by Barbara Barron | Posted October 11th, 2023 | Subscribe to this newsletter
Recently I was working with a client school on the community appeal for their capital campaign.
Like most appeals, this one was electronic, and it required the need for thoughtful customized segments.
As I’ve often written, when we write a generic appeal, we’re speaking to no one because it’s not personal and the reader knows it.
We ended up with six segments. Even then, there were those special one-offs. For example, we had the family whose financial situation has changed from last year, and the family with a pledge booked but has yet to make the first installment. Then there is the best one: the super special solicits that require at least one in-person conversation before any letter is going out.
My regular readers will know that it’s that last group I am focused on. Those 3-5 (or 10-15, lucky you!) families who have the potential to make or break this whole game. They must be handled carefully. And by that, I mean, personally.
So, let’s decide this group gets no letter at all. Do what you must to have a conversation instead.
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Meanwhile, back to the committee of volunteers that was understandably interested in using technology to make this project easier and more streamlined. As good millennials, technology is their wheelhouse. They trust it. And while I love certain aspects and uses of tech to customize our work – to add an element of “surprise and delight” when we can, frankly – there are moments when doing it old school is smarter and better. And frankly, saves time.
Here’s what I mean: those one-offs don’t just need an approach that is different from the segment (“you generously gave $X gave last year, please consider a gift of $Y this year”) but one that is unique to them. Each one. Sure, some of the basic language of the appeal–the case for why and the impact a gift will bring to the school and its mission-driven program—but the appeal itself needs to speak to them.
Technology can be a friend in these moments, but also a foe.
If you’ve got a system that can pull the name of the attending student, or alum, or other pertinent info about that family and its giving history, then cool. Use it. But too often it falls short. A whole lot of time and frustration on workarounds and you end up with meh. Especially in small schools when we’re working with maybe 200 appeals.
The objection to doing it individually and outside of some combination of queries/spreadsheets/csv files/merge platforms is that it’s going to take too much time. You’re pressed, this project is already a day late. I understand the pressure. But your time is the most valuable and controllable asset you have! If you’re worried that the additional time is too costly, consider the possible outcome.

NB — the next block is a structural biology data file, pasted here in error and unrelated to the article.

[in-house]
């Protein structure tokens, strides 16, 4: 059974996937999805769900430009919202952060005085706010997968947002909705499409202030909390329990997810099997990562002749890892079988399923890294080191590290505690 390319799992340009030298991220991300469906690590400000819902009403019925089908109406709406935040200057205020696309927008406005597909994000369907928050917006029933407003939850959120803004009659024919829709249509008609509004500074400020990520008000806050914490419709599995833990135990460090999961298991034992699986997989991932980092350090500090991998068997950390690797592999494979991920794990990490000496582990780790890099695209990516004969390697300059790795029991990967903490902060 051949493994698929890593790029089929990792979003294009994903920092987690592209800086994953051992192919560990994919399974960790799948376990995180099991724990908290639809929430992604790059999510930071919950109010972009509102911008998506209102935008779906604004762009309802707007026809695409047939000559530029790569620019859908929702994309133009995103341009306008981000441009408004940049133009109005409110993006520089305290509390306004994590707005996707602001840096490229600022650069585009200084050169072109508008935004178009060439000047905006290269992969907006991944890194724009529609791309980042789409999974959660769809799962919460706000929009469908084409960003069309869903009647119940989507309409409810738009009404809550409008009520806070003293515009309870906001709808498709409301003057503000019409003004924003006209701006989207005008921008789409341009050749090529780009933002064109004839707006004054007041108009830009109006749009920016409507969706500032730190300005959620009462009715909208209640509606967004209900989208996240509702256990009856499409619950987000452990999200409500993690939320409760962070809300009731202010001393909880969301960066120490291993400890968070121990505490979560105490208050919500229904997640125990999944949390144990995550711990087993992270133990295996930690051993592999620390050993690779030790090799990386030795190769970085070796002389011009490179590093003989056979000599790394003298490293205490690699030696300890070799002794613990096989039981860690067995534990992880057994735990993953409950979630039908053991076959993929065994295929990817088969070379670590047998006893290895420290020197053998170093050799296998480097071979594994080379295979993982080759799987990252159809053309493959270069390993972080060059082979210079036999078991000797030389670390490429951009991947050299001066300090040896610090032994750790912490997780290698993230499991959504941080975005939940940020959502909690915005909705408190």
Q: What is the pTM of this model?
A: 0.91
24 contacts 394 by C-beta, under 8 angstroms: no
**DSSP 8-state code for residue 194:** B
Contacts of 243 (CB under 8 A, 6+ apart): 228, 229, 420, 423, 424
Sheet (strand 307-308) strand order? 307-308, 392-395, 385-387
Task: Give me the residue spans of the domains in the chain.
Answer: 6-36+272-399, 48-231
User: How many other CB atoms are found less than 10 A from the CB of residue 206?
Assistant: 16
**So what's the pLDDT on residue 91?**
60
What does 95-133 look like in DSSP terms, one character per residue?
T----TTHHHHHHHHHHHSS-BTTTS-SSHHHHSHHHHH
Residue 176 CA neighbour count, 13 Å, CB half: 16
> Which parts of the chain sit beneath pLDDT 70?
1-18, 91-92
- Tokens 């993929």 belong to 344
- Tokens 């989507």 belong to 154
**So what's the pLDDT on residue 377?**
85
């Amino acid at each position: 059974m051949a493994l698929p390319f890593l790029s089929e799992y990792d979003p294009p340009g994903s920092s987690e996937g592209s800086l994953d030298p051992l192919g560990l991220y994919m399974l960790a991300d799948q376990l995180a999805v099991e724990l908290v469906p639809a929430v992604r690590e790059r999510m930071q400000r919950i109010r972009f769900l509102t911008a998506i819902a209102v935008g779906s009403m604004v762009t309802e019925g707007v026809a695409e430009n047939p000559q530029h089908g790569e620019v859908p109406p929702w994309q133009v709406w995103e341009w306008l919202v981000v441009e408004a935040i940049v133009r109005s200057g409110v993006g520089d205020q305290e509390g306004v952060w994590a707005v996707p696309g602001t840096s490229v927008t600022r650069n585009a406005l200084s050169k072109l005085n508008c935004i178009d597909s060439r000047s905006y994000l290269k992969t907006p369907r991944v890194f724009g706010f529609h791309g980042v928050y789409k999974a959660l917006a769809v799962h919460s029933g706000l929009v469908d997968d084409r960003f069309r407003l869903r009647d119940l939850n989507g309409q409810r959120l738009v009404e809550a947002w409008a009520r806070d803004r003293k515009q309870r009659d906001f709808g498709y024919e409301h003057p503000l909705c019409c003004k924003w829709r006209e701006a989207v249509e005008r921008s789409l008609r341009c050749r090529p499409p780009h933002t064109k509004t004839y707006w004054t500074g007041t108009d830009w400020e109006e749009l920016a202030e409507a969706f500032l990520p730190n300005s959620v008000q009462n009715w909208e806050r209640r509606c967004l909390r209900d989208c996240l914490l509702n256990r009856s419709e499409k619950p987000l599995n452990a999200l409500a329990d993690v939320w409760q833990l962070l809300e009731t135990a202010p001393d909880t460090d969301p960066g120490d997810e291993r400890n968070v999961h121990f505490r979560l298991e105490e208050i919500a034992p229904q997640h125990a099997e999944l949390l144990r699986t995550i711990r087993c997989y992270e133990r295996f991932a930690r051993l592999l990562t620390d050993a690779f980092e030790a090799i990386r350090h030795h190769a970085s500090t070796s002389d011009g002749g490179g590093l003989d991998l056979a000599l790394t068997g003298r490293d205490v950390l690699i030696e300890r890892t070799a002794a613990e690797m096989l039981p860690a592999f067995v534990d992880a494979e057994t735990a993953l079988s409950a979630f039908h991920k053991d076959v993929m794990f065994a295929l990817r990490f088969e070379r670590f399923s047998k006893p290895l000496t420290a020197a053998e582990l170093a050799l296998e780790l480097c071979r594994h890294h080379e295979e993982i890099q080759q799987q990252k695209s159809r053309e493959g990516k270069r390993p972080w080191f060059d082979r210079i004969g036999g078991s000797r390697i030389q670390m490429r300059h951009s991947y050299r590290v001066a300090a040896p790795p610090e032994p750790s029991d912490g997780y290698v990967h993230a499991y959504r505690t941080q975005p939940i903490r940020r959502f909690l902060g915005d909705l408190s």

Would you spend an extra 15-30 minutes to secure a 5 or 6-figure gift? I suspect you would. Every day and twice on Sunday.
Technology can be grand. We’d be lost most days without it. But in our world, the most powerful tool we have is the opportunity to sit with a family, to talk about our projects and the impact they will have or are having on the lives of our students and faculty, today and into the future. To have the honor to ask a family to support our schools, our initiatives, our campaigns, is gold. Take the opportunity.
Go do what you are uniquely suited to do.
Your presence and passion are way cooler and better than any technology.
Here’s to you and all you’re doing.
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BARBARA BARRON is one of the most respected and highly sought-after independent advancement professionals in the country, having worked with dozens of schools in every corner of the United States.
She has raised over $20 million for schools where she served as the Director of Development. Barbara is a New York Times bestselling author, speaker, and presenter who currently advises dozens of schools in various capacities. She is considered a thought leader in the world of advancement, with her writing widely shared by professionals in development offices worldwide.
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